In this SIXTH and last post on Essential Strategies For Revising Problems In Grammar And Standard Usage, my focus is on PROBLEMS OF CONCISENESS with special interest on:
- Context-Driven Meanings
- Slang And Idiomatic Expressions
The previous FIVE posts focused on:
- PROBLEMS OF READABILITY – 5
- PROBLEMS WITH INCORRECT WORDS or PHRASES – 4
- PROBLEMS OF CONSISTENCY – 3
- PROBLEMS OF CLARITY AND COHERENCE – 2
- PROBLEMS OF SENTENCE STRUCTURE – 1
It is really important that focusing on things such as spelling, punctuation, grammar and handwriting doesn’t inhibit the creative flow. When I was at school there was a huge focus on copying and testing and it put me off words and stories for years. – Michael Morpurgo
Diction is one’s choice of words in the expression of ideas. It is the choice of words especially with regard to correctness, clearness, or effectiveness.
On all levels of speech and writing, faulty diction appears – in wordiness, redundancy, in trite expressions and in faulty idiom.
This is taking more words than are necessary to express an idea correctly and clearly. Many sentences may be greatly improved by reducing the number of words.
WORDY: There is a man in our neighborhood, and he has written three novels.
BETTER: A neighbor of ours has written three novels.
Some students’ writing tend to have the frequent use of AND and BUT – a common type of wordiness called excessive predication. It may usually be remedied by proper subordination.
WORDY: The test was hard, and the students were resentful, and their instructor was irritated.
BETTER: Because the students resented the hard test, their instructor was irritated.
Another kind of wordiness originates in the desire to impress but ends in pretentious nonsense.
It is the language of those persons who refer to
- “inclemency of the elements” as bad weather.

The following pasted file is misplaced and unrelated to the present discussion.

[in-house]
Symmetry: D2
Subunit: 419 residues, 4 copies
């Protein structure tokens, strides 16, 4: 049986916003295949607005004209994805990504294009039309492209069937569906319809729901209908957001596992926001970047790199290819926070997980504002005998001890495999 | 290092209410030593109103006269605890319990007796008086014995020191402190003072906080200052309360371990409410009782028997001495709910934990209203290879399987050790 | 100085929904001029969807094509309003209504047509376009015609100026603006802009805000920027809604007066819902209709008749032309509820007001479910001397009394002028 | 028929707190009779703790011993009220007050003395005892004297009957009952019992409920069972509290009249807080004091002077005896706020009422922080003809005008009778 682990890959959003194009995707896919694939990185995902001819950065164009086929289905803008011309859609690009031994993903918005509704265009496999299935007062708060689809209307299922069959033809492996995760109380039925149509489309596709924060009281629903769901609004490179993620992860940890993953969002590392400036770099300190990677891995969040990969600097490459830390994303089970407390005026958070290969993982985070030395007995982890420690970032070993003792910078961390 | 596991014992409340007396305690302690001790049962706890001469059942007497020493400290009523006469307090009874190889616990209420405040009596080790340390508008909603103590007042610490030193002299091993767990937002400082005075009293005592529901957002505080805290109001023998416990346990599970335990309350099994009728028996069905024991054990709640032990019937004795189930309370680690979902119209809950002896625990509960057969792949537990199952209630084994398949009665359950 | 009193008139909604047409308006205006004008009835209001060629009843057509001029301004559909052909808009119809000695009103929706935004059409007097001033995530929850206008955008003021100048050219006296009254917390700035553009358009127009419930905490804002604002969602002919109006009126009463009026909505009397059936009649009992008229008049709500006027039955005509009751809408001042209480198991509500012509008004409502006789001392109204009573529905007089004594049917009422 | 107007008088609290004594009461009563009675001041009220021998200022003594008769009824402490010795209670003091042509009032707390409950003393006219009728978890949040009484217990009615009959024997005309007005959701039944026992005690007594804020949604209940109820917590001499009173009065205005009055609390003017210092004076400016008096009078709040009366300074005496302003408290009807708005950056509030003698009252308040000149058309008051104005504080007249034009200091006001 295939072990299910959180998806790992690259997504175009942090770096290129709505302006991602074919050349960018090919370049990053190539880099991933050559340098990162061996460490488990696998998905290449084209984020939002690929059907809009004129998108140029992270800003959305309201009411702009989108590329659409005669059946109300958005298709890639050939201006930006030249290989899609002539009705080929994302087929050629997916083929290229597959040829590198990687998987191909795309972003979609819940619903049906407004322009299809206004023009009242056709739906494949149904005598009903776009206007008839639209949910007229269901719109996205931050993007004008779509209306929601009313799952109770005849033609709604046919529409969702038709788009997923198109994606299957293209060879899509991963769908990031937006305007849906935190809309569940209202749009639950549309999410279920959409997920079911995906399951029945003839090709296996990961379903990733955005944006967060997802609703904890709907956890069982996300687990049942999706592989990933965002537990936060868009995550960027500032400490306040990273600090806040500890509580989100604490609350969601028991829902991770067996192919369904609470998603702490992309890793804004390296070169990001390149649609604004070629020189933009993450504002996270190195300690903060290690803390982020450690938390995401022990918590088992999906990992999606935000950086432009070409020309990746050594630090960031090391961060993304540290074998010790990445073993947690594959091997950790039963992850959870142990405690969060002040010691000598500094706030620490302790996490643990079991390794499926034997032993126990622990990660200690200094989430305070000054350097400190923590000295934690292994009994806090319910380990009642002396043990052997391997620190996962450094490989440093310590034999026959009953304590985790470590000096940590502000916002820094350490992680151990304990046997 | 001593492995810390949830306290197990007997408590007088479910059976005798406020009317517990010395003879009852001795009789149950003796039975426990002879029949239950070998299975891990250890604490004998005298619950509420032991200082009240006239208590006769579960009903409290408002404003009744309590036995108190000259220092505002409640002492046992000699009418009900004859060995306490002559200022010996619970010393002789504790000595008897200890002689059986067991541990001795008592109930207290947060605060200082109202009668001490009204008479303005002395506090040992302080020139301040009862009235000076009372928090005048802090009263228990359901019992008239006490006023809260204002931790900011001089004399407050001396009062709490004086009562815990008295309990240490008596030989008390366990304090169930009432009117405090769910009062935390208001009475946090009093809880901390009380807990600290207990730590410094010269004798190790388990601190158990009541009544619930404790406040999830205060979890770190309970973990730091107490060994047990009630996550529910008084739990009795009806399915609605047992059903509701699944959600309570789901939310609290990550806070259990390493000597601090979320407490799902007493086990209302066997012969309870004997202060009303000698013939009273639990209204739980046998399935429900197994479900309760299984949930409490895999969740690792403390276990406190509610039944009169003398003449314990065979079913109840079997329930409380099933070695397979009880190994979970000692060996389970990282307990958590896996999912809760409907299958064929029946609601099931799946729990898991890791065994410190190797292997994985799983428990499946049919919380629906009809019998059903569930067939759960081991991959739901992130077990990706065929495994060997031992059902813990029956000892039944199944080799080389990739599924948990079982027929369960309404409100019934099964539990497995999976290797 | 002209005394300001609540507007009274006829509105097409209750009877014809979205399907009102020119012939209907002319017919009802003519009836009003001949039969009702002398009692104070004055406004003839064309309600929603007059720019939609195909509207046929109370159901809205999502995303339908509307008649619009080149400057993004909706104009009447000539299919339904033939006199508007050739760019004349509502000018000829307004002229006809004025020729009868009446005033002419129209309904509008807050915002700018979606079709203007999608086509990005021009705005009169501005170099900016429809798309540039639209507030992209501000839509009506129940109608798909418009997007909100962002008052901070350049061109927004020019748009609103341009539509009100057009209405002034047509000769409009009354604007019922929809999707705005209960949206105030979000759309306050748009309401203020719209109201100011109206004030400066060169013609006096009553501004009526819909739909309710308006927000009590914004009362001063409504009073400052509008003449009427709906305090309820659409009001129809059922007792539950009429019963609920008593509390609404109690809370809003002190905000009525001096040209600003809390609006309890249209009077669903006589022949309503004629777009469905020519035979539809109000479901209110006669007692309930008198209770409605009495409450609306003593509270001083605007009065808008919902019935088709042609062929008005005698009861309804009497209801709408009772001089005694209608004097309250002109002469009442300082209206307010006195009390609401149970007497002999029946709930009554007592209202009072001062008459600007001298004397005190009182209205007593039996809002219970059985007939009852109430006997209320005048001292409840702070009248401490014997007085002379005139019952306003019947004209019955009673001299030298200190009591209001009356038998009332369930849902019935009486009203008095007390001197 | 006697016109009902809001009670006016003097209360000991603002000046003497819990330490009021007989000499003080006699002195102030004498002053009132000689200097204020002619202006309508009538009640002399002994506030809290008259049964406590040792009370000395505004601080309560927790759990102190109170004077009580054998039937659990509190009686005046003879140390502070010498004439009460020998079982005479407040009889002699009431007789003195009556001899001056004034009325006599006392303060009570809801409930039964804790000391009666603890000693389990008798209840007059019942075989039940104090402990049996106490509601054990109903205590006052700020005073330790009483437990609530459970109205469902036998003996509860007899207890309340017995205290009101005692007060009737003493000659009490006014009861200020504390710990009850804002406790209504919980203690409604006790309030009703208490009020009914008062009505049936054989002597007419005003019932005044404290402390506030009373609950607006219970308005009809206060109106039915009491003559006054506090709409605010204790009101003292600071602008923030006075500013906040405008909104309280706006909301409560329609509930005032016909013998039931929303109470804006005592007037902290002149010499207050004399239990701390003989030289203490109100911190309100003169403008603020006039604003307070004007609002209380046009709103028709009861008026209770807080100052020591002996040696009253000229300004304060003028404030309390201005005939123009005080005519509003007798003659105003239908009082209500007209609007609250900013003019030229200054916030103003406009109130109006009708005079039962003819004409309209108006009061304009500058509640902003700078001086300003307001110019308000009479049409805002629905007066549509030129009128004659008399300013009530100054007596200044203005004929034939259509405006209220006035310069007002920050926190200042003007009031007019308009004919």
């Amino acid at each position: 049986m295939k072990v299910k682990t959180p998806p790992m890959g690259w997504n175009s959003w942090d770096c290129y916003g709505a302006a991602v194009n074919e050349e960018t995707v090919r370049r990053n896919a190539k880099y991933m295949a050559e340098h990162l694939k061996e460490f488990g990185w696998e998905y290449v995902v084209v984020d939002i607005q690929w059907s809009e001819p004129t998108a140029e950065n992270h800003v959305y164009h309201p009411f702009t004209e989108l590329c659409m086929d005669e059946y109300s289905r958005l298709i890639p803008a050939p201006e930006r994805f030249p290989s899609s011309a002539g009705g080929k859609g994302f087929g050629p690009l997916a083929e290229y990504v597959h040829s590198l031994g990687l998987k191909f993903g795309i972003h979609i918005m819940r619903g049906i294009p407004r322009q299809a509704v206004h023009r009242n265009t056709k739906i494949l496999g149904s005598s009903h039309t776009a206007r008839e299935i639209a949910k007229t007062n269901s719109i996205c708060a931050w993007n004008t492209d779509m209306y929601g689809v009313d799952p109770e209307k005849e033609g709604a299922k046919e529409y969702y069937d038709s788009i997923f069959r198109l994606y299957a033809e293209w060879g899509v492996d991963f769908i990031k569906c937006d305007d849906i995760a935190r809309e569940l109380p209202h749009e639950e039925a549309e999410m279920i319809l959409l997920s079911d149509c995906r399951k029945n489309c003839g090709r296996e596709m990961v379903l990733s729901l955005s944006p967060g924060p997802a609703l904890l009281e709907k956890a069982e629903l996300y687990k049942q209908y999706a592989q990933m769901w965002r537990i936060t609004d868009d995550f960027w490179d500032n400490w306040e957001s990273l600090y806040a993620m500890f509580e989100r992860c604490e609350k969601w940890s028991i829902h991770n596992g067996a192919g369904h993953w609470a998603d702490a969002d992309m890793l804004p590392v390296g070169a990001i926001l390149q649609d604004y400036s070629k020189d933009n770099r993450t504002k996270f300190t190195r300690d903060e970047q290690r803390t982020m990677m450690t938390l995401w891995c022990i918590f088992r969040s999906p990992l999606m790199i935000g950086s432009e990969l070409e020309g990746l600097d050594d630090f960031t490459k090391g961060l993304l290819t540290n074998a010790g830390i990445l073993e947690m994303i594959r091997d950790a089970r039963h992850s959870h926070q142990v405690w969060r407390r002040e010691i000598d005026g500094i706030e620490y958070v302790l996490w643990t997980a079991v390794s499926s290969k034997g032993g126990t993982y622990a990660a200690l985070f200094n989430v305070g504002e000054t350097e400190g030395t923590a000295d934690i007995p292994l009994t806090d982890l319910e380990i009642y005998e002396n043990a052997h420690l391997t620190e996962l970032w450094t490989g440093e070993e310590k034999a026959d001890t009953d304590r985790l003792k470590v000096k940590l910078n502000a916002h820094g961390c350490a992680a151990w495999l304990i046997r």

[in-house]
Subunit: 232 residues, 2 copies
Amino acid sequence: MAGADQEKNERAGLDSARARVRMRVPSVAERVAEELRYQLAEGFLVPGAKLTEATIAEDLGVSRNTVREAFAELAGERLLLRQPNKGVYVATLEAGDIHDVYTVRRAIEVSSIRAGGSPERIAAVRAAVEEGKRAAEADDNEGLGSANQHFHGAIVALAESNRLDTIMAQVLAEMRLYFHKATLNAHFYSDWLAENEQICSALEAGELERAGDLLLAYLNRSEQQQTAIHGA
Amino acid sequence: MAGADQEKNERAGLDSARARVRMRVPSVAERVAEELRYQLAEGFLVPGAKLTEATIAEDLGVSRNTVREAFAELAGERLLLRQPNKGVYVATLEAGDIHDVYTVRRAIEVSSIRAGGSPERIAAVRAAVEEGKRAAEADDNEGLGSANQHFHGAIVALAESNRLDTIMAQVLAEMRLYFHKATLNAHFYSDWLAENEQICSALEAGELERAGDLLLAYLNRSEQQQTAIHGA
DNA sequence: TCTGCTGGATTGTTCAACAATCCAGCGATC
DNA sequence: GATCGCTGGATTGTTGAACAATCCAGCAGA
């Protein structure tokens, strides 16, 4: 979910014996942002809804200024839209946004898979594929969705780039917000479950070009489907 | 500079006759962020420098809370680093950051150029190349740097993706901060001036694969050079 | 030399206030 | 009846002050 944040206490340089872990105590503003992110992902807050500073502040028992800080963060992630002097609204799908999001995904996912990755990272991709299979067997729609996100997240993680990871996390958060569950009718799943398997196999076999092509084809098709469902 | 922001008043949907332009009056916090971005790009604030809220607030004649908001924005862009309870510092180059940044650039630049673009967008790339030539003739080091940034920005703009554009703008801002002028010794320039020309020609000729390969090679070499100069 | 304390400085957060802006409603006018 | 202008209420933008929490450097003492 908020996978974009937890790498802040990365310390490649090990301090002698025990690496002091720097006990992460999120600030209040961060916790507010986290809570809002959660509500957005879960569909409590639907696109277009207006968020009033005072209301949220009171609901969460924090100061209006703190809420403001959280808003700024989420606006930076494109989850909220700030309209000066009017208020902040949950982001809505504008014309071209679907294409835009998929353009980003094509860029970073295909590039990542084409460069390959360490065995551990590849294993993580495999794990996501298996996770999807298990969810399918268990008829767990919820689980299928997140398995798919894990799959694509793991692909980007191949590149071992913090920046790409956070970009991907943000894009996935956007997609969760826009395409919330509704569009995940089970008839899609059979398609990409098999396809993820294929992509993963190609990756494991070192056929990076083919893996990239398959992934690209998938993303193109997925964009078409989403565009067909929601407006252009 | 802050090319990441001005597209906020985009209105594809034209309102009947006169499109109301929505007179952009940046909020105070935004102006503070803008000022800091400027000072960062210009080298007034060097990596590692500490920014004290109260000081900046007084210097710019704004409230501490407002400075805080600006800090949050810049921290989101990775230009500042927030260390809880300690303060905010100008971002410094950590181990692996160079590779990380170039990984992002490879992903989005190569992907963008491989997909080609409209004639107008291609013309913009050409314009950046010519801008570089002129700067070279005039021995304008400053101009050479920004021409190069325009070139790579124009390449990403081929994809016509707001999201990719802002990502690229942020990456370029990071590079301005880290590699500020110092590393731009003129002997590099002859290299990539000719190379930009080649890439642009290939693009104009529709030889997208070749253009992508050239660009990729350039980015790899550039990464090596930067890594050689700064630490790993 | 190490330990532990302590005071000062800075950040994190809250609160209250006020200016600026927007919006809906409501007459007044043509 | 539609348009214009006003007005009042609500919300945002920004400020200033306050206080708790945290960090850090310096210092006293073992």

- “blessed events” as birth.
- “Passing away” as death.
Sometimes expressions like these are used facetiously but don’t make the habit of such usage.
Jargon is also a kind of wordiness, popular among people of specialized professions.
This has now spread to everyday writing and speaking probably because it is believed to make its users sound and appear knowledgeable. Its basic principle seem to be:
- Never use one word where two or more will do the work.
- Never use a concrete expression if it is possible to use an abstract one.
- Never be plain if you can be fancy.
Such examples as seen in the repeated use of phrases: a frame of reference, in terms of, point in time, and compound formed with the suffix “-wise”.
- They don’t look at the budget but they “consider the status budgetwise”
- They don’t study crime among the young; they “examine social conditions in terms of juvenile delinquency”
They “critique,” they “utilize,” they speak of the “culturally deprived,” the “classroom learning environment” and “meaningful experiences.”
These expressions reflect a desire to be part of the “in-group” by picking up catch-words that seem to show a certain sophistication; but what they really show is a failure to use precise language and a lack of judgment.
It is the unnecessary repetition of an idea due to carelessness or ignorance of the meanings of certain words. It makes writing heavy and dull.
- Repeat that again, please [Why again?]
- His solution was equally as good as hers. [Why equally?]
- The location is more preferable to that one. It should read The location is preferable to that one.
Consistent elimination of wordiness results in a stronger, more concise writing style that is easier to read and provides fewer opportunities for misinterpretation. In contrast, a wordy style makes reading laborious and, thus, encourages skimming and leads to inattention.
Do you wish the reader to carefully consider your message? If so, reduce wordiness to the extent possible.